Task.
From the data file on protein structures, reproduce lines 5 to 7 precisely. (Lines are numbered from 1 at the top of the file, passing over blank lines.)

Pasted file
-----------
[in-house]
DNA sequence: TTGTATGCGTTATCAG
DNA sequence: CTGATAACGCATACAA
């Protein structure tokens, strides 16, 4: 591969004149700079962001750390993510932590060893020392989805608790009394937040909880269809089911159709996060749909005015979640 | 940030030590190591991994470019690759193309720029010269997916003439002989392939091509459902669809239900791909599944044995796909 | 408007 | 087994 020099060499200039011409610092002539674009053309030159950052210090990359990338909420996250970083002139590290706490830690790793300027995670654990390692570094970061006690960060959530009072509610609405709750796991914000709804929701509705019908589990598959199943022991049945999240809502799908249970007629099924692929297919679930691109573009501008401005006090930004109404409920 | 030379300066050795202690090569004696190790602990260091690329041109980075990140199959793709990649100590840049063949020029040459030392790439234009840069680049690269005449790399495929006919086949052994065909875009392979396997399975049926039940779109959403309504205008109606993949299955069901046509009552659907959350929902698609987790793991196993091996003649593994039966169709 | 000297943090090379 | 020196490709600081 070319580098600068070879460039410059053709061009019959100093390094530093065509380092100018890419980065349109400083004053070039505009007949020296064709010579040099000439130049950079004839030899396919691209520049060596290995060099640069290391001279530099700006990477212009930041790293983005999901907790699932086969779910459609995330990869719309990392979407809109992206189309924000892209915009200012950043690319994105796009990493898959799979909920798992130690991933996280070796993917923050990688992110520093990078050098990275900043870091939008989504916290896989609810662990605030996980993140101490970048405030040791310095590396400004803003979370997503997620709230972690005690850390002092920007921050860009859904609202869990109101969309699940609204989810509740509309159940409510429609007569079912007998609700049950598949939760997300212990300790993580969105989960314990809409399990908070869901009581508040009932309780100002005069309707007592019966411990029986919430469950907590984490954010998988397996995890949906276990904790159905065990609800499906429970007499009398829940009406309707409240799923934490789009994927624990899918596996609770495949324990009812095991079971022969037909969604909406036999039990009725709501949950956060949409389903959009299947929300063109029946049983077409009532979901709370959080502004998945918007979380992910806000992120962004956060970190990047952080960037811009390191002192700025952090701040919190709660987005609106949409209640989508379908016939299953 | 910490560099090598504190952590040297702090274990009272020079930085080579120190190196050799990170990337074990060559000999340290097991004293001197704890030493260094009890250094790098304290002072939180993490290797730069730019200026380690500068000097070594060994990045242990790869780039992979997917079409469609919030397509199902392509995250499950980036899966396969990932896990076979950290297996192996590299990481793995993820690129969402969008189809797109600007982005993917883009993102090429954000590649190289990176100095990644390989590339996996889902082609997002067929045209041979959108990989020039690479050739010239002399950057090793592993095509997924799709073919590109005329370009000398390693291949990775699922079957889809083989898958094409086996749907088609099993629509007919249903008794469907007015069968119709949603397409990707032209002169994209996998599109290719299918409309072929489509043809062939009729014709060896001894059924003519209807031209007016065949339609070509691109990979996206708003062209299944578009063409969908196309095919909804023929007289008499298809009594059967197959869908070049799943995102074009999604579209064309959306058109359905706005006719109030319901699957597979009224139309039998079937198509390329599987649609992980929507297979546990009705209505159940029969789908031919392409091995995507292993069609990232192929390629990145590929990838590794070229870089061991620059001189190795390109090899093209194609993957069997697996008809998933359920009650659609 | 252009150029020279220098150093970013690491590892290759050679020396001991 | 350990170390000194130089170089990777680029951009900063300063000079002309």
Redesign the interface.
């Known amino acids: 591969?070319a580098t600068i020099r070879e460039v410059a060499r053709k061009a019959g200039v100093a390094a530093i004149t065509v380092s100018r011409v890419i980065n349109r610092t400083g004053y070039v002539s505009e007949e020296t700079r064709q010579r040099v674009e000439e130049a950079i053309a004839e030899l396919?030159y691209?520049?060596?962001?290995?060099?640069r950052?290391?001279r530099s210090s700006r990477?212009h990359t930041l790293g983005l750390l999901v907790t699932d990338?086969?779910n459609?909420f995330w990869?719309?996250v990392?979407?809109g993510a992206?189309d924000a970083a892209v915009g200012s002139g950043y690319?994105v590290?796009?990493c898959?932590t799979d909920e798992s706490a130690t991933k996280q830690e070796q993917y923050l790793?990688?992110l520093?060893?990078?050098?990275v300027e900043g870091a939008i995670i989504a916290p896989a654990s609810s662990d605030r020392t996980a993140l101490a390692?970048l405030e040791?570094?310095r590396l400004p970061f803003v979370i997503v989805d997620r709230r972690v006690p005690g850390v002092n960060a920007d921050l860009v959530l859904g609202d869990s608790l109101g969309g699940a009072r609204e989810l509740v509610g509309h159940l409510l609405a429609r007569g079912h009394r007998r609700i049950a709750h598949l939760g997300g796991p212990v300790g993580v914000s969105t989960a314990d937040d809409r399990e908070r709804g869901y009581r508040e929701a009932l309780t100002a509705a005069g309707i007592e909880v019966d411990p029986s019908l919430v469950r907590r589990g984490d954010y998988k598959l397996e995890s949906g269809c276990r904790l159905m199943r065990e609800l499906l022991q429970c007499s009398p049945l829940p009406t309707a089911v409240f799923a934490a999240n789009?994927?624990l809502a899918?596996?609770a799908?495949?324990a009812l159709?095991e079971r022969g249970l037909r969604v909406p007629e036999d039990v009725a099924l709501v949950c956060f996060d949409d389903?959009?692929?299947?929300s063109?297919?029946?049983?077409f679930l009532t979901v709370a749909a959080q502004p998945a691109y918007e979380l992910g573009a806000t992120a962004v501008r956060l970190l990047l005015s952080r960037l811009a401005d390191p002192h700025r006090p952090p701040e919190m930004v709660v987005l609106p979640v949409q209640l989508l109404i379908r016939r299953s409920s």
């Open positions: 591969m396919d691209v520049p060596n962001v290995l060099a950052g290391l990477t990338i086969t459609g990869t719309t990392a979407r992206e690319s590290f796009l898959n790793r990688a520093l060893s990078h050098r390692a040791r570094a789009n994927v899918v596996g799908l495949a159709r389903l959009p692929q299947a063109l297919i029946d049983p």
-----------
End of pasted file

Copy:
Redesign the interface.
């Known amino acids: 591969?070319a580098t600068i020099r070879e460039v410059a060499r053709k061009a019959g200039v100093a390094a530093i004149t065509v380092s100018r011409v890419i980065n349109r610092t400083g004053y070039v002539s505009e007949e020296t700079r064709q010579r040099v674009e000439e130049a950079i053309a004839e030899l396919?030159y691209?520049?060596?962001?290995?060099?640069r950052?290391?001279r530099s210090s700006r990477?212009h990359t930041l790293g983005l750390l999901v907790t699932d990338?086969?779910n459609?909420f995330w990869?719309?996250v990392?979407?809109g993510a992206?189309d924000a970083a892209v915009g200012s002139g950043y690319?994105v590290?796009?990493c898959?932590t799979d909920e798992s706490a130690t991933k996280q830690e070796q993917y923050l790793?990688?992110l520093?060893?990078?050098?990275v300027e900043g870091a939008i995670i989504a916290p896989a654990s609810s662990d605030r020392t996980a993140l101490a390692?970048l405030e040791?570094?310095r590396l400004p970061f803003v979370i997503v989805d997620r709230r972690v006690p005690g850390v002092n960060a920007d921050l860009v959530l859904g609202d869990s608790l109101g969309g699940a009072r609204e989810l509740v509610g509309h159940l409510l609405a429609r007569g079912h009394r007998r609700i049950a709750h598949l939760g997300g796991p212990v300790g993580v914000s969105t989960a314990d937040d809409r399990e908070r709804g869901y009581r508040e929701a009932l309780t100002a509705a005069g309707i007592e909880v019966d411990p029986s019908l919430v469950r907590r589990g984490d954010y998988k598959l397996e995890s949906g269809c276990r904790l159905m199943r065990e609800l499906l022991q429970c007499s009398p049945l829940p009406t309707a089911v409240f799923a934490a999240n789009?994927?624990l809502a899918?596996?609770a799908?495949?324990a009812l159709?095991e079971r022969g249970l037909r969604v909406p007629e036999d039990v009725a099924l709501v949950c956060f996060d949409d389903?959009?692929?299947?929300s063109?297919?029946?049983?077409f679930l009532t979901v709370a749909a959080q502004p998945a691109y918007e979380l992910g573009a806000t992120a962004v501008r956060l970190l990047l005015s952080r960037l811009a401005d390191p002192h700025r006090p952090p701040e919190m930004v709660v987005l609106p979640v949409q209640l989508l109404i379908r016939r299953s409920s």
């Open positions: 591969m396919d691209v520049p060596n962001v290995l060099a950052g290391l990477t990338i086969t459609g990869t719309t990392a979407r992206e690319s590290f796009l898959n790793r990688a520093l060893s990078h050098r390692a040791r570094a789009n994927v899918v596996g799908l495949a159709r389903l959009p692929q299947a063109l297919i029946d049983p």